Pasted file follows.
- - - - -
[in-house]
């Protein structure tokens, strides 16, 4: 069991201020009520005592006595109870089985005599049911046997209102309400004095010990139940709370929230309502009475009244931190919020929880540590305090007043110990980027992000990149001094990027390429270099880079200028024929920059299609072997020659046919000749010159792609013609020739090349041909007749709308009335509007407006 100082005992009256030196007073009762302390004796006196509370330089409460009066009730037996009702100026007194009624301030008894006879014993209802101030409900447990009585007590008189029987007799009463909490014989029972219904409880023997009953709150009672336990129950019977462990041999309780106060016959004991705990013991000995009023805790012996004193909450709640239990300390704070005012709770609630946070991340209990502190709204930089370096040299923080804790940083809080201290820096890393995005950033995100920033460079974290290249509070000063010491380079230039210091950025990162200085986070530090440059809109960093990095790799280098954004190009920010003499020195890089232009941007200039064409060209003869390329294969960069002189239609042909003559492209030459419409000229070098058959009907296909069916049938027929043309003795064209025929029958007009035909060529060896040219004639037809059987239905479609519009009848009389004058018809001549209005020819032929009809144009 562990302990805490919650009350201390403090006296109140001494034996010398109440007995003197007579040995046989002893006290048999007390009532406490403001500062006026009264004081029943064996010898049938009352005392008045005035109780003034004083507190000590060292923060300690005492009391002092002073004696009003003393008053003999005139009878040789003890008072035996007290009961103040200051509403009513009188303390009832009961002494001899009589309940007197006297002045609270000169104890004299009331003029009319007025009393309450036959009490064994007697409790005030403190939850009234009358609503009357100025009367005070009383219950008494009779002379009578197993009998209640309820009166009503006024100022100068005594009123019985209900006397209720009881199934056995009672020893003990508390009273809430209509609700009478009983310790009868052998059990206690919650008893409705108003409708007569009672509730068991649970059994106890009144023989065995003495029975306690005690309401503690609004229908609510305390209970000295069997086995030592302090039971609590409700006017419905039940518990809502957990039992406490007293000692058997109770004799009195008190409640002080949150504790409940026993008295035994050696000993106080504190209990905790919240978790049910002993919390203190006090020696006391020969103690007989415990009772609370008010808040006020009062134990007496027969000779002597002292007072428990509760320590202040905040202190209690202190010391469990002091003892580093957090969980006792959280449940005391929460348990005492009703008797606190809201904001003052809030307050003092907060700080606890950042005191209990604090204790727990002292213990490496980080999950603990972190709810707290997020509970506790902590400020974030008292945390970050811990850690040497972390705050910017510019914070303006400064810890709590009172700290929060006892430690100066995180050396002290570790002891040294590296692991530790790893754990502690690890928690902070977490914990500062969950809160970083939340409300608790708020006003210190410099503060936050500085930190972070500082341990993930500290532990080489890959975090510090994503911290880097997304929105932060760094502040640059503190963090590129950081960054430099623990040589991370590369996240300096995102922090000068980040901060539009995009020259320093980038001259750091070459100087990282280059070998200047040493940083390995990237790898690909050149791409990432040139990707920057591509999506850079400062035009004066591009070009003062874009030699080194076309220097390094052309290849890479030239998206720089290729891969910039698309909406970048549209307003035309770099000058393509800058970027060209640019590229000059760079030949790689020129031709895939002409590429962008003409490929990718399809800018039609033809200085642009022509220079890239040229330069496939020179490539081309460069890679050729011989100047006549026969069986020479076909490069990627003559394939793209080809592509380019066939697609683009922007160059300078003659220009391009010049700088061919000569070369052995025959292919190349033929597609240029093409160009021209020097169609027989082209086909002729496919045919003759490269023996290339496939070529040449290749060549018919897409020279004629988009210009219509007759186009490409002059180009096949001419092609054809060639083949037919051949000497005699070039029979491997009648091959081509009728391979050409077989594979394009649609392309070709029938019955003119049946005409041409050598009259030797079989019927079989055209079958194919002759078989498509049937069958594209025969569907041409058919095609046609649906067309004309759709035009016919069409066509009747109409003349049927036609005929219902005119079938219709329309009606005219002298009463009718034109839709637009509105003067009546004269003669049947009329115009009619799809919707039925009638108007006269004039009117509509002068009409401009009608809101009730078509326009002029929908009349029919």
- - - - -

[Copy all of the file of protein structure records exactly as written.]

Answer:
[in-house]
């Protein structure tokens, strides 16, 4: 069991201020009520005592006595109870089985005599049911046997209102309400004095010990139940709370929230309502009475009244931190919020929880540590305090007043110990980027992000990149001094990027390429270099880079200028024929920059299609072997020659046919000749010159792609013609020739090349041909007749709308009335509007407006 100082005992009256030196007073009762302390004796006196509370330089409460009066009730037996009702100026007194009624301030008894006879014993209802101030409900447990009585007590008189029987007799009463909490014989029972219904409880023997009953709150009672336990129950019977462990041999309780106060016959004991705990013991000995009023805790012996004193909450709640239990300390704070005012709770609630946070991340209990502190709204930089370096040299923080804790940083809080201290820096890393995005950033995100920033460079974290290249509070000063010491380079230039210091950025990162200085986070530090440059809109960093990095790799280098954004190009920010003499020195890089232009941007200039064409060209003869390329294969960069002189239609042909003559492209030459419409000229070098058959009907296909069916049938027929043309003795064209025929029958007009035909060529060896040219004639037809059987239905479609519009009848009389004058018809001549209005020819032929009809144009 562990302990805490919650009350201390403090006296109140001494034996010398109440007995003197007579040995046989002893006290048999007390009532406490403001500062006026009264004081029943064996010898049938009352005392008045005035109780003034004083507190000590060292923060300690005492009391002092002073004696009003003393008053003999005139009878040789003890008072035996007290009961103040200051509403009513009188303390009832009961002494001899009589309940007197006297002045609270000169104890004299009331003029009319007025009393309450036959009490064994007697409790005030403190939850009234009358609503009357100025009367005070009383219950008494009779002379009578197993009998209640309820009166009503006024100022100068005594009123019985209900006397209720009881199934056995009672020893003990508390009273809430209509609700009478009983310790009868052998059990206690919650008893409705108003409708007569009672509730068991649970059994106890009144023989065995003495029975306690005690309401503690609004229908609510305390209970000295069997086995030592302090039971609590409700006017419905039940518990809502957990039992406490007293000692058997109770004799009195008190409640002080949150504790409940026993008295035994050696000993106080504190209990905790919240978790049910002993919390203190006090020696006391020969103690007989415990009772609370008010808040006020009062134990007496027969000779002597002292007072428990509760320590202040905040202190209690202190010391469990002091003892580093957090969980006792959280449940005391929460348990005492009703008797606190809201904001003052809030307050003092907060700080606890950042005191209990604090204790727990002292213990490496980080999950603990972190709810707290997020509970506790902590400020974030008292945390970050811990850690040497972390705050910017510019914070303006400064810890709590009172700290929060006892430690100066995180050396002290570790002891040294590296692991530790790893754990502690690890928690902070977490914990500062969950809160970083939340409300608790708020006003210190410099503060936050500085930190972070500082341990993930500290532990080489890959975090510090994503911290880097997304929105932060760094502040640059503190963090590129950081960054430099623990040589991370590369996240300096995102922090000068980040901060539009995009020259320093980038001259750091070459100087990282280059070998200047040493940083390995990237790898690909050149791409990432040139990707920057591509999506850079400062035009004066591009070009003062874009030699080194076309220097390094052309290849890479030239998206720089290729891969910039698309909406970048549209307003035309770099000058393509800058970027060209640019590229000059760079030949790689020129031709895939002409590429962008003409490929990718399809800018039609033809200085642009022509220079890239040229330069496939020179490539081309460069890679050729011989100047006549026969069986020479076909490069990627003559394939793209080809592509380019066939697609683009922007160059300078003659220009391009010049700088061919000569070369052995025959292919190349033929597609240029093409160009021209020097169609027989082209086909002729496919045919003759490269023996290339496939070529040449290749060549018919897409020279004629988009210009219509007759186009490409002059180009096949001419092609054809060639083949037919051949000497005699070039029979491997009648091959081509009728391979050409077989594979394009649609392309070709029938019955003119049946005409041409050598009259030797079989019927079989055209079958194919002759078989498509049937069958594209025969569907041409058919095609046609649906067309004309759709035009016919069409066509009747109409003349049927036609005929219902005119079938219709329309009606005219002298009463009718034109839709637009509105003067009546004269003669049947009329115009009619799809919707039925009638108007006269004039009117509509002068009409401009009608809101009730078509326009002029929908009349029919």